Why a global insect decline affects us all

Insects crucial for ecosystem functioning and food production A comprehensive review of insect declines around the world gives a stark picture of the scale of the declines and the consequences both for ecology and human welfare. The paper, published in Biological Conservation, warns that 40% of the world’s insect species could become extinct within a few…
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To bee or not to bee

This Sunday the UK celebrated World Bee Day (May 20th); the first year of the now to be annual UN awareness event aimed at increasing our sensitivity to the global importance and increasing struggle of pollinators. Whilst the event hopes to increase understanding of pollinators generally, including butterflies, moths, birds and bats, the focus is…
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Buzzing activity around pollinator health

Yesterday I cherished the start of spring in England by attending an event devoted to pollinators and pollination at the University of Reading. Most presentations at this meeting organised by the Royal Entomological Society were understandably about bees, but we also heard a few talks highlighting the importance of other pollinator groups. For about five…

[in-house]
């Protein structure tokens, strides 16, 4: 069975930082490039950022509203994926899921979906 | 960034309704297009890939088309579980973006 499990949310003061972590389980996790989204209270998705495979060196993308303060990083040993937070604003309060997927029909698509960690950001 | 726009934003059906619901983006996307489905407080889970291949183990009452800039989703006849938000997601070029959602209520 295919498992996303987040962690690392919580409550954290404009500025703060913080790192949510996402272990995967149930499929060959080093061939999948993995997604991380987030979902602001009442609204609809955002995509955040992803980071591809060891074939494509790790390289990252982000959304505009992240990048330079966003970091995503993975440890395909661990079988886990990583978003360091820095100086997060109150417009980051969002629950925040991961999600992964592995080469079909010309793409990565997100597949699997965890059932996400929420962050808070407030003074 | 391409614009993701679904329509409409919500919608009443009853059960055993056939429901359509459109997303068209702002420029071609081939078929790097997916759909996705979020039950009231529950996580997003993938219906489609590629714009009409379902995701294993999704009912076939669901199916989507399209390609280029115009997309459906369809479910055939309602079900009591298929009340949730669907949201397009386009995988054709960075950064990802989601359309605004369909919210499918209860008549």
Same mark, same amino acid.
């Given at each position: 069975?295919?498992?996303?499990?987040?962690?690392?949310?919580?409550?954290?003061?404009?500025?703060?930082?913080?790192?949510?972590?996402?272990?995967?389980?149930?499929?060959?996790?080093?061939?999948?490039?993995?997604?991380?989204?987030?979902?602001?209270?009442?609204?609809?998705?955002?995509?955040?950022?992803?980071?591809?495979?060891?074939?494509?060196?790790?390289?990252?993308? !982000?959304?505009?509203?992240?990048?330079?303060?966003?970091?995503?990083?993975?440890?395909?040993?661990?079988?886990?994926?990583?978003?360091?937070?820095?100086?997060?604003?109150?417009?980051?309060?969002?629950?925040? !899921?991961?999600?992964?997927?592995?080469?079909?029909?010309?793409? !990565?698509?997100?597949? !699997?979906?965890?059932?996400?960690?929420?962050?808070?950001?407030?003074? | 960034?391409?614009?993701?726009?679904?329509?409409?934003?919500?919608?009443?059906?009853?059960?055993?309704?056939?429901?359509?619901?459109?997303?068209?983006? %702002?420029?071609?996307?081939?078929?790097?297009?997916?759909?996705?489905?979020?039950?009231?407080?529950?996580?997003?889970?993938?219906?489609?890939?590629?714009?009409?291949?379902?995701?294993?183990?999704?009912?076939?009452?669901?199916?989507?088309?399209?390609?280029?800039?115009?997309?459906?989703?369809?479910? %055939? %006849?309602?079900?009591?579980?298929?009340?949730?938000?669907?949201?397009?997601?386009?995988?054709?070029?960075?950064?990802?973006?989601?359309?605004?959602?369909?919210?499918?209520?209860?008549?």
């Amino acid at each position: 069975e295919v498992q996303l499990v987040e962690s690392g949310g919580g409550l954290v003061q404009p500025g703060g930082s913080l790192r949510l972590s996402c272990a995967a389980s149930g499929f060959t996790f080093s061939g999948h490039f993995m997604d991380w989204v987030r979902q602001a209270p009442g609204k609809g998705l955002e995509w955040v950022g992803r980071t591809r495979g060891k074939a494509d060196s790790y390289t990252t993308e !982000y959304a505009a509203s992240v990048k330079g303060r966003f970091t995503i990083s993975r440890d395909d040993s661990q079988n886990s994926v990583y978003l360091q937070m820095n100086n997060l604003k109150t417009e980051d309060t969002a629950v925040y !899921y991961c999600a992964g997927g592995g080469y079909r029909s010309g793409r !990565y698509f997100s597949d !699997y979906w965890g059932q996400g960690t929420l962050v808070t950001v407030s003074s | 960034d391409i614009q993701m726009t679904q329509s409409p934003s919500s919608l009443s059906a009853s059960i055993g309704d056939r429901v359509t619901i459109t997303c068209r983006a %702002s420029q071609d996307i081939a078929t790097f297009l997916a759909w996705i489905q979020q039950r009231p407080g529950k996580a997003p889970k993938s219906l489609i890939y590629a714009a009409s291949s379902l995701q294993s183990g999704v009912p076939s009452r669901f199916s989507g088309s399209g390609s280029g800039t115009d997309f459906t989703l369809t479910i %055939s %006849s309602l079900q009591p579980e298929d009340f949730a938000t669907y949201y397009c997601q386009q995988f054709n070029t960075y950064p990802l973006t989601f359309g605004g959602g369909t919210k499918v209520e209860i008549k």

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O Christmas Tree, O Christmas Tree, how big is your Carbon Footprint?

As part of the festive season this year, many of us will either buy a fresh Christmas tree, or we will bring an artificial one down from the attic.   Either way, a Christmas Tree often forms an important part of the festivities.  According to the National Christmas Tree Association, in 2012, US consumers purchased 24.5 million “real”…
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Banned chemicals and silent springs

Recently I have been removing an array of chemicals, from alpha-hexachlorocyclohexane to zeta-cypermethrin, from CABI’s compendia (Crop Protection Compendium, Forestry Compendium and Invasive Species Compendium) records, as these chemicals have either been banned or severely restricted in their use. This work was sponsored by Plant Protection Station, Ministry of Agriculture, Forestry and Fisheries, Japan.
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